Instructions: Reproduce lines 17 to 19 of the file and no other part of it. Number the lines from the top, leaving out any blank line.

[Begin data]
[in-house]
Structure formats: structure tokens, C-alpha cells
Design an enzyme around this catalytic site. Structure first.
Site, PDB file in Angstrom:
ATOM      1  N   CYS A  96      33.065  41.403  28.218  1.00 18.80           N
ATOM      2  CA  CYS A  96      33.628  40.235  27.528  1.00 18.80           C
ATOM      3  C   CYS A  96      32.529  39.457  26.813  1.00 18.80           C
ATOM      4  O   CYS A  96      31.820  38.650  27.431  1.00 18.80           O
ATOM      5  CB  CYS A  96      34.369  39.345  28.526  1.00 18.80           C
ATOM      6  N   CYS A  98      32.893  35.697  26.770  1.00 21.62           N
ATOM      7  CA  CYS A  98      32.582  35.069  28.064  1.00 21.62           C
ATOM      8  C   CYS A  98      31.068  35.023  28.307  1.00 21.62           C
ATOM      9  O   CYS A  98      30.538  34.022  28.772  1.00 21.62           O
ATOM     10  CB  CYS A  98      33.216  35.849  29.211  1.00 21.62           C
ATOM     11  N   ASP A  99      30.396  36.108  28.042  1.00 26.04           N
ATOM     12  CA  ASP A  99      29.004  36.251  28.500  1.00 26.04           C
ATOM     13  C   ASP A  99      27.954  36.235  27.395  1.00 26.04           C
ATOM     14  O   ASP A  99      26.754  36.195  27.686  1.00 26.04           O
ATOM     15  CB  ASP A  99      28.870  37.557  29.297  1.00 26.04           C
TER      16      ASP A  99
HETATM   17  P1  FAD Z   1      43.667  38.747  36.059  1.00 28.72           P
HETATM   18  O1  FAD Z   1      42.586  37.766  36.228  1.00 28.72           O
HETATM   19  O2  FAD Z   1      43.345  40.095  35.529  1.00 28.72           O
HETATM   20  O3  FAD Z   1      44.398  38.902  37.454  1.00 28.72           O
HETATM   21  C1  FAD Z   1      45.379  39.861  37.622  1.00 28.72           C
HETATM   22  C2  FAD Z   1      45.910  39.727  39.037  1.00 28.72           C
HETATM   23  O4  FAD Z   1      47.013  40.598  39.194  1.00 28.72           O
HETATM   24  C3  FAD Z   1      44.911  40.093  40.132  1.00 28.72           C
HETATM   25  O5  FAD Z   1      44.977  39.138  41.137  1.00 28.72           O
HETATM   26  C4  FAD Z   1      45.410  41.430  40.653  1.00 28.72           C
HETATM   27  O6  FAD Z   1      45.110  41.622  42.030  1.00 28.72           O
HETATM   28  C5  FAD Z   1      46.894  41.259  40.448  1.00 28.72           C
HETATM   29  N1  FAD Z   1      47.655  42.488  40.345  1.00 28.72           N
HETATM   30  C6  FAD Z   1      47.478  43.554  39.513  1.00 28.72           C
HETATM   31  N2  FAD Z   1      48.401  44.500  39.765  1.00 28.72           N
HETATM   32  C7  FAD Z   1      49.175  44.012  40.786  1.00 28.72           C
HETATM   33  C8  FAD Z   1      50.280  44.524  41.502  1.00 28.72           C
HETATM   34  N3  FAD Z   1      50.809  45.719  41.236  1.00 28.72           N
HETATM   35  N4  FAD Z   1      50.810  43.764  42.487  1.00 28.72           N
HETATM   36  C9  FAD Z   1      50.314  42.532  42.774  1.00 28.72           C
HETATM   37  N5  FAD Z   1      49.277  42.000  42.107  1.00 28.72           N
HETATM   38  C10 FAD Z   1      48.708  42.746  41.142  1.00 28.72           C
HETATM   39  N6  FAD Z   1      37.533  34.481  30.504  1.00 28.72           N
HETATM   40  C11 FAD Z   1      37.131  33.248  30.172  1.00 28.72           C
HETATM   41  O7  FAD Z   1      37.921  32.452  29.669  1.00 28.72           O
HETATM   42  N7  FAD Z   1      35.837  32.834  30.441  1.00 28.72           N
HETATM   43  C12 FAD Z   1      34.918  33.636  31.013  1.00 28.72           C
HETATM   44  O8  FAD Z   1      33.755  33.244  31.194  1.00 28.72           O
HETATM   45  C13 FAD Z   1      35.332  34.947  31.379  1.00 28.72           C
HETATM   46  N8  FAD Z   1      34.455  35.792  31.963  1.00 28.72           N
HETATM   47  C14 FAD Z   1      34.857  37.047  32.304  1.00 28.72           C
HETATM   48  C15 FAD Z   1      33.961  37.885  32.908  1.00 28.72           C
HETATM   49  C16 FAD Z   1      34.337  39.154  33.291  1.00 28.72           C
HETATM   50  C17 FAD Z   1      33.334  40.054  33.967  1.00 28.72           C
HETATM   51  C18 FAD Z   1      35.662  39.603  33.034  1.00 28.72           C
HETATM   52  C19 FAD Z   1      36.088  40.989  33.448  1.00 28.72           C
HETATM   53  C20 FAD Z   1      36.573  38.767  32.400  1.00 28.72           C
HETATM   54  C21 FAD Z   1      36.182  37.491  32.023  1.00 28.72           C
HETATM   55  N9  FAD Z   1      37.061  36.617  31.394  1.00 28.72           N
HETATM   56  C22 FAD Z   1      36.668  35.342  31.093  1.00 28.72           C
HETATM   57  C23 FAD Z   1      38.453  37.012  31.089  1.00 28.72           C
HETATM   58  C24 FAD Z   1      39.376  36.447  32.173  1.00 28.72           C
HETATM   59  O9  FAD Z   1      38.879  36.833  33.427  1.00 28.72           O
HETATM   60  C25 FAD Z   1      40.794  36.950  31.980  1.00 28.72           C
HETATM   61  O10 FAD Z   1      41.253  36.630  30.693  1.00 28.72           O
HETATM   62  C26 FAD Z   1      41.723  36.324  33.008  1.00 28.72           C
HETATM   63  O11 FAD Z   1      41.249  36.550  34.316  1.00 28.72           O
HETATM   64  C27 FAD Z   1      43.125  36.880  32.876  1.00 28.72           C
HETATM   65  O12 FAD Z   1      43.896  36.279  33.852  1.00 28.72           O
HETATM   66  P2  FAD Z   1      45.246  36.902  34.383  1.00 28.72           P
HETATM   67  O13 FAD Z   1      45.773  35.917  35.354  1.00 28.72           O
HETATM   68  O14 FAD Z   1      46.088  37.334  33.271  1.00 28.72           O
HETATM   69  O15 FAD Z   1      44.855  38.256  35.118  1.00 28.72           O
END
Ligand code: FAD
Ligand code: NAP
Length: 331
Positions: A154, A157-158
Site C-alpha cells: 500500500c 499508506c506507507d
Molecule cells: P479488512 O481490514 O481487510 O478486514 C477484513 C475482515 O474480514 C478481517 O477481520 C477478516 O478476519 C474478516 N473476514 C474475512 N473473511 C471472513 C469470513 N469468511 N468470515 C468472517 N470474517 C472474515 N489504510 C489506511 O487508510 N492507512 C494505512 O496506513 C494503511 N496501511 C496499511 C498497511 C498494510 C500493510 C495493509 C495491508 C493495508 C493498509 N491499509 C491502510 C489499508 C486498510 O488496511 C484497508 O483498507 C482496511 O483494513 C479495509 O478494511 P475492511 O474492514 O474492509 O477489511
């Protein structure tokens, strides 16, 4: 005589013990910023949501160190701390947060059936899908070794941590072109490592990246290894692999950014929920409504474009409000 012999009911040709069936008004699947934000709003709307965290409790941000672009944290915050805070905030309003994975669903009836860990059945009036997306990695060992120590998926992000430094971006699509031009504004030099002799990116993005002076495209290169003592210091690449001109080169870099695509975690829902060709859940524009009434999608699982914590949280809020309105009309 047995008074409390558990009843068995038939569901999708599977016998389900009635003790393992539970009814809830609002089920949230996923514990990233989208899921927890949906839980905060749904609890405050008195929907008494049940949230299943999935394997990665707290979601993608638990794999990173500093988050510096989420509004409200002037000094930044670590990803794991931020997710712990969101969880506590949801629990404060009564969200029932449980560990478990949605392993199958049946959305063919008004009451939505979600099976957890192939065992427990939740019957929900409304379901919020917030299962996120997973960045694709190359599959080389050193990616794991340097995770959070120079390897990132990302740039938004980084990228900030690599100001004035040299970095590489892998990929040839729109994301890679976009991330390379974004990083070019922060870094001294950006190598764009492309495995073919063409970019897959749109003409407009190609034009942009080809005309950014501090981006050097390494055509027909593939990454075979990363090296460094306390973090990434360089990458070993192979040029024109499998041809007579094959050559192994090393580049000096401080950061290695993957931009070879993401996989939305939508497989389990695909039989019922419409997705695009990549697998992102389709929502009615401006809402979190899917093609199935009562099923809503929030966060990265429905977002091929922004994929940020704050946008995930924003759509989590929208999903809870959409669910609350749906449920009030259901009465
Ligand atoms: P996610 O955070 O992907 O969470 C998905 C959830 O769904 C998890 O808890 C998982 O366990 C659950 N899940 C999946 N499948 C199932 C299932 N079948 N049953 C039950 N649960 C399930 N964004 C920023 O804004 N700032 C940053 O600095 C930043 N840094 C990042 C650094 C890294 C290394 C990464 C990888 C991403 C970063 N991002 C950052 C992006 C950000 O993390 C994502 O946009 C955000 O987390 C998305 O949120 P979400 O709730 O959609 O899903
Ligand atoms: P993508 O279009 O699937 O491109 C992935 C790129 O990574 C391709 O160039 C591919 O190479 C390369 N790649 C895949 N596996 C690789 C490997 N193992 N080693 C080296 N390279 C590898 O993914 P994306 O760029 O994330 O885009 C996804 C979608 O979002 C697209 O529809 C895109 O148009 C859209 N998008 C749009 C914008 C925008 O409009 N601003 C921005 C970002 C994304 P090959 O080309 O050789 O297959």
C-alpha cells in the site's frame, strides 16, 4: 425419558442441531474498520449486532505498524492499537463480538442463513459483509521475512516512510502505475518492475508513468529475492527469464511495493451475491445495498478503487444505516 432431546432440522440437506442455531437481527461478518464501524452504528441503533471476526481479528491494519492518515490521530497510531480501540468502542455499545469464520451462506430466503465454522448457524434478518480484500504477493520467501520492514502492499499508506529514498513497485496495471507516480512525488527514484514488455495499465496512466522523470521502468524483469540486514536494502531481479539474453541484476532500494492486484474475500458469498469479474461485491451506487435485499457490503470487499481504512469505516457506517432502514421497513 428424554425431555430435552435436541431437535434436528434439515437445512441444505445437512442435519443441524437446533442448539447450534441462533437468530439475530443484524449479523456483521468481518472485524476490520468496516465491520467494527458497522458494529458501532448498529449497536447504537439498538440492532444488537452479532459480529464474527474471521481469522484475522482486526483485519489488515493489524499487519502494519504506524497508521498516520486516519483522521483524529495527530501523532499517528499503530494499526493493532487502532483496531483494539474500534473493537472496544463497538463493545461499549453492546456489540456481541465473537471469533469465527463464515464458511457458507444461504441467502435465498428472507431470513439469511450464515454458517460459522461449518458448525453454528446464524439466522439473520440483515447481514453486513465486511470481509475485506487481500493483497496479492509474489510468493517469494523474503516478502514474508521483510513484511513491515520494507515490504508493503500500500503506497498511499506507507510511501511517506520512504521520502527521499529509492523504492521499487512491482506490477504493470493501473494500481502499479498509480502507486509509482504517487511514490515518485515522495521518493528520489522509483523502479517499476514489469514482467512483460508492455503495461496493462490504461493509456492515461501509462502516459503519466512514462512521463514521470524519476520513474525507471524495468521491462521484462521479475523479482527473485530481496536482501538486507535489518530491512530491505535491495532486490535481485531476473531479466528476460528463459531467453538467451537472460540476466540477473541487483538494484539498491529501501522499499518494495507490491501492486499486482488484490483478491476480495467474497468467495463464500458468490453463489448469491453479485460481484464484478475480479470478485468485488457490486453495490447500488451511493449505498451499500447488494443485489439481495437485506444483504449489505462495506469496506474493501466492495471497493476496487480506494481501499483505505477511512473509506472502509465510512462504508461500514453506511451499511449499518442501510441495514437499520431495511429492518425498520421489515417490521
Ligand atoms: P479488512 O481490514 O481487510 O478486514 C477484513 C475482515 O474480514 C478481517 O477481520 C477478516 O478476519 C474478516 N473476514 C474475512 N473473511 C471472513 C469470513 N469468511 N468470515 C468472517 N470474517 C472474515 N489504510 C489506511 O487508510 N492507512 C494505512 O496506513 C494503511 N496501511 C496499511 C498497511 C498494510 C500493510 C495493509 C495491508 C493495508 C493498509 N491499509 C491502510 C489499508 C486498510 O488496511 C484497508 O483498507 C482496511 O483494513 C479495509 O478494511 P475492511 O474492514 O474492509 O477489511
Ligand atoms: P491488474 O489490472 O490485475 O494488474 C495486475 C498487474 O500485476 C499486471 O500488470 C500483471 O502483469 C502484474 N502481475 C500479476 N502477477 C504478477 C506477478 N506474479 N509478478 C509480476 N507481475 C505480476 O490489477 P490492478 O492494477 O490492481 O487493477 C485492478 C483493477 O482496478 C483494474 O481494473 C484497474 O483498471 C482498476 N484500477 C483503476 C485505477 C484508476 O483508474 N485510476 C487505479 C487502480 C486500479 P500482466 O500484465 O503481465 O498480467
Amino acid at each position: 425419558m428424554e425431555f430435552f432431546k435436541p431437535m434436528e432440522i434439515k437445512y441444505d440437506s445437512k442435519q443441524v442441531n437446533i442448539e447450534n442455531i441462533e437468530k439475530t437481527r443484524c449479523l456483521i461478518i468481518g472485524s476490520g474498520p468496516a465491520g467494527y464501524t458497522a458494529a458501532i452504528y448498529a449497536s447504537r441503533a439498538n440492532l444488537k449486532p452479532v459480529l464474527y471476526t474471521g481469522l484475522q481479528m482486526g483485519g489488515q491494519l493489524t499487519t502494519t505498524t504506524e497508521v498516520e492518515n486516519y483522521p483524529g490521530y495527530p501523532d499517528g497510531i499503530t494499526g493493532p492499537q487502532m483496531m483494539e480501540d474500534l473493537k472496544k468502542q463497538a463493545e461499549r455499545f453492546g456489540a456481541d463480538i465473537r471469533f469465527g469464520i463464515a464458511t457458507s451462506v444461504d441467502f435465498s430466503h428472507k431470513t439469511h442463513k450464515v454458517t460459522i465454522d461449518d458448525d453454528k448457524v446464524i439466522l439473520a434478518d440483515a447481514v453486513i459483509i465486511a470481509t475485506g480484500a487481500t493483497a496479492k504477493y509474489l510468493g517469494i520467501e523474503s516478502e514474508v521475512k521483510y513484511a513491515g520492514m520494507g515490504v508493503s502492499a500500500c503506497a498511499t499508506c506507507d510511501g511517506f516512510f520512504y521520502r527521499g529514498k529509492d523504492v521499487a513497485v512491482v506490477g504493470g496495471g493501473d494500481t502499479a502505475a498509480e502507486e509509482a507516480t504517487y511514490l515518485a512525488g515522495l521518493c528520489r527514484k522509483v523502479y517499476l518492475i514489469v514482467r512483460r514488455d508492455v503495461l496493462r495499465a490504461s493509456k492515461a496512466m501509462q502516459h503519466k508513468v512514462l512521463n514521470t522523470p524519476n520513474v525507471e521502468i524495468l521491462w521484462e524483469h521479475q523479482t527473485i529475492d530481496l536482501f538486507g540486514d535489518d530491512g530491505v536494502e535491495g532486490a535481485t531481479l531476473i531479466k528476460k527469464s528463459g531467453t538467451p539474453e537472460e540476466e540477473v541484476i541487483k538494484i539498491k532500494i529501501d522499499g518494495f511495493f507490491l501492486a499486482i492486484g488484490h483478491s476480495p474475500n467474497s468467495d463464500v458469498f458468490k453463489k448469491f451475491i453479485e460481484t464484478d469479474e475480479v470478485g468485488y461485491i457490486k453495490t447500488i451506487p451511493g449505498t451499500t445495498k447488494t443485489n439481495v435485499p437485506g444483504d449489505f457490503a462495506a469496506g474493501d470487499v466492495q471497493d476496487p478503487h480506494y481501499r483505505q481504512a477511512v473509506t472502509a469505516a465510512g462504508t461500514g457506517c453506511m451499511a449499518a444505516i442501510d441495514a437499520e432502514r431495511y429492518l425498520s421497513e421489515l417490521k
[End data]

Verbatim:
ATOM     13  C   ASP A  99      27.954  36.235  27.395  1.00 26.04           C
ATOM     14  O   ASP A  99      26.754  36.195  27.686  1.00 26.04           O
ATOM     15  CB  ASP A  99      28.870  37.557  29.297  1.00 26.04           C